Take the 2-minute tour ×
Stack Overflow is a question and answer site for professional and enthusiast programmers. It's 100% free, no registration required.

I know this is a widely covered topic but after searching Google for MSSQL injection prevention for PHP, I have found close to nothing.

This is the closest answer I could find, but it seems the answer is for MySQL and not MSSQL.

The PHP code I am using allows an admin to log-in to the website via form inputs in order to access the back-end. This code is what logs the admin in after the form has been submit:

<?php
  session_start();

  if($_SERVER['REQUEST_METHOD'] == "POST") {
$conn=mssql_connect('d','a','d');
mssql_select_db('d',$conn);
if(! $conn )
{
  die('Could not connect: ' . mssql_get_last_message());
}

    $username = ($_POST['username']);
    $password = ($_POST['password']);

    $result = mssql_query("SELECT * FROM back_end WHERE username='$username' AND
      password='$password'");
  if(mssql_num_rows($result) > 0) {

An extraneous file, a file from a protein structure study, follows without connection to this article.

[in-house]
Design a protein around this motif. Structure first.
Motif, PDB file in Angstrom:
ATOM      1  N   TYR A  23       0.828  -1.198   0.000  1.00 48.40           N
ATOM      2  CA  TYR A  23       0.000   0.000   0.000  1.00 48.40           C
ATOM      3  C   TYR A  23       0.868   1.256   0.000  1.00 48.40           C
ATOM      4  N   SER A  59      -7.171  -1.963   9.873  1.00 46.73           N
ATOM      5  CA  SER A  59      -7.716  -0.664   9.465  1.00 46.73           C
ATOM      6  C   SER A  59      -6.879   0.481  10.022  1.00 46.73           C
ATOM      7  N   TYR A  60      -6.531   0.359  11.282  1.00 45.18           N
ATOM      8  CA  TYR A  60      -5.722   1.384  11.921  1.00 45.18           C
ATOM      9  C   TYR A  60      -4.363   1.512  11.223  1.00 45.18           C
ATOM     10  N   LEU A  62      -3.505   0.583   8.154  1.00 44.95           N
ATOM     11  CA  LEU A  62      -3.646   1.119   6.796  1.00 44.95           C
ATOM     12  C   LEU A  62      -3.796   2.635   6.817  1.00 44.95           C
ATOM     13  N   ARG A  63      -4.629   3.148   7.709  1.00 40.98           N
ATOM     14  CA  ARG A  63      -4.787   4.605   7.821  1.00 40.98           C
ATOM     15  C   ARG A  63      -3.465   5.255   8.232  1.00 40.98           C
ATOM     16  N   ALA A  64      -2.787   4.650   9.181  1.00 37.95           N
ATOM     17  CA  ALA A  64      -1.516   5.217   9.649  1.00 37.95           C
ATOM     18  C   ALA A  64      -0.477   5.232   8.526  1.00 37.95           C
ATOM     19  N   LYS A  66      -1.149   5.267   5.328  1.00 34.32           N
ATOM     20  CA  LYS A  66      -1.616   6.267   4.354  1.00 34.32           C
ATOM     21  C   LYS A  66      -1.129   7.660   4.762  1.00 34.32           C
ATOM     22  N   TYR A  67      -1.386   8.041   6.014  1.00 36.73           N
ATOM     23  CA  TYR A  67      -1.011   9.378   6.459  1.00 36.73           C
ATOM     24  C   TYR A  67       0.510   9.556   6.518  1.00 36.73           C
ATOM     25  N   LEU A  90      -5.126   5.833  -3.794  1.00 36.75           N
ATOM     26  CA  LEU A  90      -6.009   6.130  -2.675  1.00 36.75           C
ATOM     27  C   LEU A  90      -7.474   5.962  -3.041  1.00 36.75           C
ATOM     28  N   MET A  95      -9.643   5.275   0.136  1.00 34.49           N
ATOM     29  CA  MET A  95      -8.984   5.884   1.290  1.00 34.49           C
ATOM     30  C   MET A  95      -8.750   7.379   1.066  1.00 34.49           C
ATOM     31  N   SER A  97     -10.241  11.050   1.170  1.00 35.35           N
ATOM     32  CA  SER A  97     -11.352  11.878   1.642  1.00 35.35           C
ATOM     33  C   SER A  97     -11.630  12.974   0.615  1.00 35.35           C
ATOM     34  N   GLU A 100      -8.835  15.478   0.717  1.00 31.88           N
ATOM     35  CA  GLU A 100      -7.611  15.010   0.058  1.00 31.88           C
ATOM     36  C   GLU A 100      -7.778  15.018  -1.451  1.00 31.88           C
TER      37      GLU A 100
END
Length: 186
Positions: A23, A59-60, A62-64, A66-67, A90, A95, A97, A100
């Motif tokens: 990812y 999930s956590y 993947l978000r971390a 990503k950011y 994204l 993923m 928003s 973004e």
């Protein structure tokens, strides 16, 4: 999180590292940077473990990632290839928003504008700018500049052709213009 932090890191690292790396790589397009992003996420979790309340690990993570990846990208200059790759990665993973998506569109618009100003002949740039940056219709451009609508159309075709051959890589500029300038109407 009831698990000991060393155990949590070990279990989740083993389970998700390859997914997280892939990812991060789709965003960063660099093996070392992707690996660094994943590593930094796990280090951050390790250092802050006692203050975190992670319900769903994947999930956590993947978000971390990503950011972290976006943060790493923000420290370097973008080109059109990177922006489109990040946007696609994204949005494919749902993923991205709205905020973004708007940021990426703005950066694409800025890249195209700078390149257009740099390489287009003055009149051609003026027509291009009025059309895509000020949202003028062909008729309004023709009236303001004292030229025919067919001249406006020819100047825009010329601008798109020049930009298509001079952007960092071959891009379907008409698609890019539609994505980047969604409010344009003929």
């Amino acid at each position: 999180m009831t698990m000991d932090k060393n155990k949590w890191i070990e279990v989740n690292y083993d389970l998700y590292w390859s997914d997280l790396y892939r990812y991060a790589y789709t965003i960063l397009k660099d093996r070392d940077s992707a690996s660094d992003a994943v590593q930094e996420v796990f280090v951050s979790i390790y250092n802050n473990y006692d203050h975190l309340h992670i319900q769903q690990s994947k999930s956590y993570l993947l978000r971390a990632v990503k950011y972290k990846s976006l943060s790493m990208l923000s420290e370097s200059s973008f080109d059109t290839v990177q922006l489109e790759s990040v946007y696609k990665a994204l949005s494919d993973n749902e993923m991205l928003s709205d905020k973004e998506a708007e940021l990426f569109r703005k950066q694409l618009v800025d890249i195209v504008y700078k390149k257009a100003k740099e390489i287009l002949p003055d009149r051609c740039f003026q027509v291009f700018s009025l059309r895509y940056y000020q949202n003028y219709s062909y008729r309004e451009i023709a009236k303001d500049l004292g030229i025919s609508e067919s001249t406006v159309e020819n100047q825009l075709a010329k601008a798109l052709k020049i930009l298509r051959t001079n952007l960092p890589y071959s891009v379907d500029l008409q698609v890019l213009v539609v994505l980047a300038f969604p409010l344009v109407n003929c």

$_SESSION['is_logged_in'] = 1;
      $_SESSION['backname'] = $username;
    }
  }

  if(!isset($_SESSION['is_logged_in'])) {
    header("location:logingbm.php");
    echo "<script>alert('Incorrect log-in information!');</script>";
  } else {
    header("location:../d/index.php");
  }
?>

If somebody could give me a few hints towards what code I should put in to prevent malicious injections, it would be greatly appreciated. Thank you for any help.

share|improve this question
    
Step 1 - validate all user inputs before they make it to a query. Step 2 - use query parameters. –  Dan Bracuk May 22 '14 at 17:04
    
SQL Injection or not, this code isn't escaping inputs even to prevent simple SQL errors where you might have a password containing a quote character –  Mark Baker May 22 '14 at 17:05
    
Also use break; after header redirect. –  Mihai May 22 '14 at 17:06

1 Answer 1

up vote 4 down vote accepted

You're using the older mssql extension. It's no longer available as of PHP 5.3. Instead, there is now sqlsrv and that function set includes the ability to run prepared statements, which is the most secure way to run your queries.

share|improve this answer
    
I prefer to stay with MSSQL for now, thank you. –  Kelsey May 22 '14 at 17:09
1  
Restrict passwords and usernames to [A-Za-z0-9], verify that they match before running the query (and immediately fail if they don't), and make a plan to switch to sqlsrv before this bites you elsewhere. –  aehiilrs May 22 '14 at 17:35

Your Answer

 
discard

By posting your answer, you agree to the privacy policy and terms of service.

Not the answer you're looking for? Browse other questions tagged or ask your own question.